Everything and More by David Foster Wallace
A Compact History of Infinity (Great Discoveries)

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Synopsis

"A gripping guide to the modern taming of the infinite."—The New York Times. With a new introduction by Neal Stephenson.


Is infinity a valid mathematical property or a meaningless abstraction? David Foster Wallace brings his intellectual ambition and characteristic bravura style to the story of how mathematicians have struggled to understand the infinite, from the ancient Greeks to the nineteenth-century mathematical genius Georg Cantor's counterintuitive discovery that there was more than one kind of infinity. Smart, challenging, and thoroughly rewarding, Wallace's tour de force brings immediate and high-profile recognition to the bizarre and fascinating world of higher mathematics.
 

About David Foster Wallace

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David Foster Wallace wrote the novels The Pale King, Infinite Jest, and The Broom of the System and the story collections Oblivion, Brief Interviews with Hideous Men, and Girl With Curious Hair. His nonfiction includes Consider the Lobster, A Supposedly Fun Thing I'll Never Do Again, Everything and More, and This Is Water. He died in 2008.
 
Published October 4, 2010 by W. W. Norton & Company. 344 pages
Genres: History, Computers & Technology, Science & Math, Biographies & Memoirs, Professional & Technical. Non-fiction

Unrated Critic Reviews for Everything and More

The Guardian

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Infinity: The Quest to Think the Unthinkable by Brian Clegg 288pp, Constable, £8.99 Everything and More: A Compact History of Infinity by David Foster Wallace 320pp, Weidenfeld, £14.99 Even those of us to whom calculus was a distant peak we had no prospect of climbing can remember a tim...

Oct 18 2003 | Read Full Review of Everything and More: A Compac...

The Guardian

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Everything and More by David Foster Wallace Weidenfeld & Nicolson £14.99, pp319 There are few pleasures that compare with detecting a mistake in a highly technical book, so humour me.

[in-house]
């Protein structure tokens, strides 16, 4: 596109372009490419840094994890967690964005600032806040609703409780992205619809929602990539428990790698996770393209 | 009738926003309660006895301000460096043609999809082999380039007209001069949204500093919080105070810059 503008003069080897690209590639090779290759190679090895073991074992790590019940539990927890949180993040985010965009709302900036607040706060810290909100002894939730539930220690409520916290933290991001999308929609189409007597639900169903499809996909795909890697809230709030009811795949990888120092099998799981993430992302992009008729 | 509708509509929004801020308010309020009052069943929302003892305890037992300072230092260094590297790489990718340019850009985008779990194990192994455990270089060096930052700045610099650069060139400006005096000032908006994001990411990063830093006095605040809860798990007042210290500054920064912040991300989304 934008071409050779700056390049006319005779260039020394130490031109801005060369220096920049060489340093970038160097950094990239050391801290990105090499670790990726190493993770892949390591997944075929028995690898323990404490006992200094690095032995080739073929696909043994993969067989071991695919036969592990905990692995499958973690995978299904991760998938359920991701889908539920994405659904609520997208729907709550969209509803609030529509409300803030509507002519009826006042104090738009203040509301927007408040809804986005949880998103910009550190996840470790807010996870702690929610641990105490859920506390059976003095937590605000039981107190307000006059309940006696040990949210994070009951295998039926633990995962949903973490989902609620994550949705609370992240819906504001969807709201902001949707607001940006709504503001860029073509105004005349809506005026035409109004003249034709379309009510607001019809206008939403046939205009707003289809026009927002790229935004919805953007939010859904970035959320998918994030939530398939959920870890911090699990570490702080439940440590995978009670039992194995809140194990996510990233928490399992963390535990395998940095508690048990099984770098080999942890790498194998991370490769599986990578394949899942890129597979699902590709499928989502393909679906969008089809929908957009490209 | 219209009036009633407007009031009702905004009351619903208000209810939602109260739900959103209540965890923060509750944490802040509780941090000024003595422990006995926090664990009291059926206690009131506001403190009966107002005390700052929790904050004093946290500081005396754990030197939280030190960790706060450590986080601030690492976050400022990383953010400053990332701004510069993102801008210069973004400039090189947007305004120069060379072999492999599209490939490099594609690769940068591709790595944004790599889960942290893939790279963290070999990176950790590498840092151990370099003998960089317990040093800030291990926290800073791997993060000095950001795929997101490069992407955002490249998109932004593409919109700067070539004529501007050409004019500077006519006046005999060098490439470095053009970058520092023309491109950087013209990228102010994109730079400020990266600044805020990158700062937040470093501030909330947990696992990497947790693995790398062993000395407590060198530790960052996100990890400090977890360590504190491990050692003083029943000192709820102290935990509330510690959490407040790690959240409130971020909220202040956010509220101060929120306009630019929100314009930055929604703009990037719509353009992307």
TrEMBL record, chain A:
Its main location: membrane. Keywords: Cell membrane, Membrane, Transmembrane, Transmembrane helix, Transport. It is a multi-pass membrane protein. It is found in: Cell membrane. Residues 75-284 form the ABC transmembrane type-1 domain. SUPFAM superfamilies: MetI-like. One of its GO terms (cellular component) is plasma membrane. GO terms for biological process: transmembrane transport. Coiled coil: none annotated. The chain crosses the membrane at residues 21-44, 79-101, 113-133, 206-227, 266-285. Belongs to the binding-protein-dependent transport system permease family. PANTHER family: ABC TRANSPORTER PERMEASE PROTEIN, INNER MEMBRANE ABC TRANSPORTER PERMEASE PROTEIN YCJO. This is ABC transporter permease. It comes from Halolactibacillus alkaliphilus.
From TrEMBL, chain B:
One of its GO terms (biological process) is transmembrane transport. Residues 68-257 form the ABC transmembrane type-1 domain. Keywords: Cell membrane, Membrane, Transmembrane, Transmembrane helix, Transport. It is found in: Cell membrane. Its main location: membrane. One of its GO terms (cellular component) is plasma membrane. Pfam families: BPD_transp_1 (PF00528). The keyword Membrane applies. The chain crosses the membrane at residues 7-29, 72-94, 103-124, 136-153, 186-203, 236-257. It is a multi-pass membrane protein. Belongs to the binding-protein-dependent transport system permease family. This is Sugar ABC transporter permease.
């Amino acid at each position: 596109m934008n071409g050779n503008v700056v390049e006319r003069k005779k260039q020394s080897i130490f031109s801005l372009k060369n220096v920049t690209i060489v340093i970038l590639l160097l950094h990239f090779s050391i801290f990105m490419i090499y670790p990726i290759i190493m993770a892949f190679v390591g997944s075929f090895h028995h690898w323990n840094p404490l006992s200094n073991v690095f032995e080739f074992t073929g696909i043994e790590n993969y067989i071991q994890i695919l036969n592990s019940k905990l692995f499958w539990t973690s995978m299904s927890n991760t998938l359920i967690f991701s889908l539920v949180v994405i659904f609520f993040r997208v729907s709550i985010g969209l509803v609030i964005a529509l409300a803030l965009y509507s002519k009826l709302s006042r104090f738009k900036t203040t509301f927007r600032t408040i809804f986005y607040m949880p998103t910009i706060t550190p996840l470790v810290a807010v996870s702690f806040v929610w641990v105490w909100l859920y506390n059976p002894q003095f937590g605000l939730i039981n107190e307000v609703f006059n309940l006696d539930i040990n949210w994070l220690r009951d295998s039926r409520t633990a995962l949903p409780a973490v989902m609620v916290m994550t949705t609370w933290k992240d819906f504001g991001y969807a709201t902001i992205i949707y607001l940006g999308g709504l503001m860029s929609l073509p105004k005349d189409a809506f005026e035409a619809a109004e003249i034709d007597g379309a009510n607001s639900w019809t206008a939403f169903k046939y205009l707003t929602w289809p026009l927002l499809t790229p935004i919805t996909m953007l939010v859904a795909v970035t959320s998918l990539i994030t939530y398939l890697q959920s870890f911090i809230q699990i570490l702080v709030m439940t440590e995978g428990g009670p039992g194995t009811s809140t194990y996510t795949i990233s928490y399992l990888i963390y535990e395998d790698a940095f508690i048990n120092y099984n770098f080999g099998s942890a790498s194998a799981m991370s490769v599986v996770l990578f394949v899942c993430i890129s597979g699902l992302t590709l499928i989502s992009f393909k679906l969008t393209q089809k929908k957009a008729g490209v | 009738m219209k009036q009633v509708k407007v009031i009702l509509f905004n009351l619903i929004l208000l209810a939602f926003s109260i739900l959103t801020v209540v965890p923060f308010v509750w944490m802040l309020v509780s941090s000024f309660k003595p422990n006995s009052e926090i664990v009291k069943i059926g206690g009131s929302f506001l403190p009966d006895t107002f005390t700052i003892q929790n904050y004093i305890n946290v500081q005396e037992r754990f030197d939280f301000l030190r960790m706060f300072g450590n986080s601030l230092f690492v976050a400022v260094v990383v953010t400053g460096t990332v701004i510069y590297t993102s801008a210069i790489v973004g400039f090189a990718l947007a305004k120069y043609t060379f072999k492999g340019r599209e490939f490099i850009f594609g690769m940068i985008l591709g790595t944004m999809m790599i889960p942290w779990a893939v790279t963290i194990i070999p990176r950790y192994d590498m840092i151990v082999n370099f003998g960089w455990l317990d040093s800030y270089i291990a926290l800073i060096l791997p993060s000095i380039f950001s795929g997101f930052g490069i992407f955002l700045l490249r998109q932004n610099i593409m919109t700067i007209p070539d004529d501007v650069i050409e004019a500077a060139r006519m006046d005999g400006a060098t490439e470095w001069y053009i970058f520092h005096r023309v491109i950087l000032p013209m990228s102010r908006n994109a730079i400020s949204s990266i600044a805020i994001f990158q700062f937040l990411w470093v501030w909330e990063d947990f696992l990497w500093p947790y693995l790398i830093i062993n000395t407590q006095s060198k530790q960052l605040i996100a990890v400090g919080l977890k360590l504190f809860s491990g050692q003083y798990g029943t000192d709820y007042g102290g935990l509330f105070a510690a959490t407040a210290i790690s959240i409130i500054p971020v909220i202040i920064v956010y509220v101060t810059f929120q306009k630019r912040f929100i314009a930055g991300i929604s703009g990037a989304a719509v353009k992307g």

Nov 30 2003 | Read Full Review of Everything and More: A Compac...

Entertainment Weekly

In an inspired bit of stunt casting, the creators of ''Great Discoveries'' (a new series in which name-brand authors present histories of scientific breakthroughs) have paired the ''Infinite Jest'' novelist with Georg Cantor, the inventor of transfinite math.

Oct 10 2003 | Read Full Review of Everything and More: A Compac...

The Sydney Morning Herald

Wallace is, however, disdainful of the "troubled genius" template and of previous books treating Cantor's life as a "Promethean narrative" about the perils of abstract thinking.

Mar 06 2004 | Read Full Review of Everything and More: A Compac...

PopMatters

Everything and More similarly draws connections between mathematics and language, but here the analogy’s purpose is to give greater insight to the realm of mathematics, to show that math is a language made up of numbers and equations that express and explain the composition of the world and life ...

Dec 02 2003 | Read Full Review of Everything and More: A Compac...

London Review of Books

Not only is this optimism controversial and expressed without adequate justification, it is also inconsistent with the equally controversial and equally unjustified pessimism expressed on the final page of the main text, where we are told that a problem with which Cantor wrestled throughout his l...

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A Patchwork of Books

If you’re an iPhone user like I am, you will be pleased to know that there are equivalent apps for your device!Many of the specific apps for Android are not available on iPhone, but that’s not to say that there is any shortage of math-related iPhone apps.

Oct 13 2015 | Read Full Review of Everything and More: A Compac...

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